94% of Republicans believe or are unsure of at least 1 falsehood about COVID-19 or the vaccines

By Eliza Relman

Nearly all Republicans believe or are unsure about at least one common falsehood about COVID-19 or the vaccines, according to a new poll by the Kaiser Family Foundation. 

The survey found that 48% of Republicans believe or are unsure about between one and three common false statements and another 46% believe or are unsure about four or more falsehoods. These false claims include that the US government "is exaggerating the number of COVID-19 deaths," that "pregnant women should not get the COVID-19 vaccine," and "deaths due to the COVID-19 vaccine are being intentionally hidden by the government."

But the poll indicates that vaccine misinformation isn't just prevalent among conservative voters. A majority of Democrats — 62% — and 79% of independents believe or are unsure about at least one of eight common falsehoods.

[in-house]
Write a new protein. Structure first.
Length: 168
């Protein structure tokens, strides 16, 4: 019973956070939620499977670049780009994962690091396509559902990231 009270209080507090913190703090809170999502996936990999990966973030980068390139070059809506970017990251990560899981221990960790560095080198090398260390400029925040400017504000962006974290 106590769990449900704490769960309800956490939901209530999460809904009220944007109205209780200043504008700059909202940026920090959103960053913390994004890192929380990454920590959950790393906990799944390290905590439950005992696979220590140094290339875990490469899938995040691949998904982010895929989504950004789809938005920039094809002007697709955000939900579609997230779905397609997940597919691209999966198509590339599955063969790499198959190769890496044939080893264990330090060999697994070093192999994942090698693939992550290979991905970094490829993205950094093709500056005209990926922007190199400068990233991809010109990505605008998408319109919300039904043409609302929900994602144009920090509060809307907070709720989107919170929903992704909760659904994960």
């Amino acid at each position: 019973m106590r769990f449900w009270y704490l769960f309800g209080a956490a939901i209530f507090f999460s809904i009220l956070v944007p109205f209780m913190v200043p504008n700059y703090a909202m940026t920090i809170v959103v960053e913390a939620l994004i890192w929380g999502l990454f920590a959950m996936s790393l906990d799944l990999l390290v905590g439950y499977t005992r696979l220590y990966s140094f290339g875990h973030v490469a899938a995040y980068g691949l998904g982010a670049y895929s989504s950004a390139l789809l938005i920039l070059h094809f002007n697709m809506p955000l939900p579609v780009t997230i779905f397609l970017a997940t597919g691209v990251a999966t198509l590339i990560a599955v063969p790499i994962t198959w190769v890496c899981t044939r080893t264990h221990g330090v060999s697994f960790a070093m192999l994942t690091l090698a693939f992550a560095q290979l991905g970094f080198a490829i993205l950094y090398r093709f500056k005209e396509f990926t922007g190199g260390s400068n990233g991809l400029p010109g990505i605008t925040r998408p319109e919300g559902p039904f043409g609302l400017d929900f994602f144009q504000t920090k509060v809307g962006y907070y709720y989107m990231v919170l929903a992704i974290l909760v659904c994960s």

The survey found that Republicans were significantly more likely than Democrats to believe or be unsure about whether pregnant women should be vaccinated (they should), whether Ivermectin is a safe and effective coronavirus treatment (it's not), and whether the vaccines cause infertility (they don't). 

Overall, 78% of Americans said they either believe or unsure about at least one of the common falsehoods. The most commonly believed falsehood, which 38% of Americans believe is true, is that the government is exaggerating the COVID-19 death count by including deaths from other causes. Overall, 17% of Americans believe pregnant women shouldn't be vaccinated against the virus, while just 8% believe the COVID-19 vaccines can change an individual's DNA. 

Additionally, 18% of Americans believe the government is intentionally hiding deaths due to the vaccines — another 17% said they'd heard this claim before and aren't sure whether it was true or not. While just 8% believe the coronavirus vaccines have been shown to cause infertility, an additional 23% said they aren't sure if this was true.

The tendency to believe misinformation or be uncertain about the virus and vaccines was significantly more common among rural and non-college educated people, according to the poll.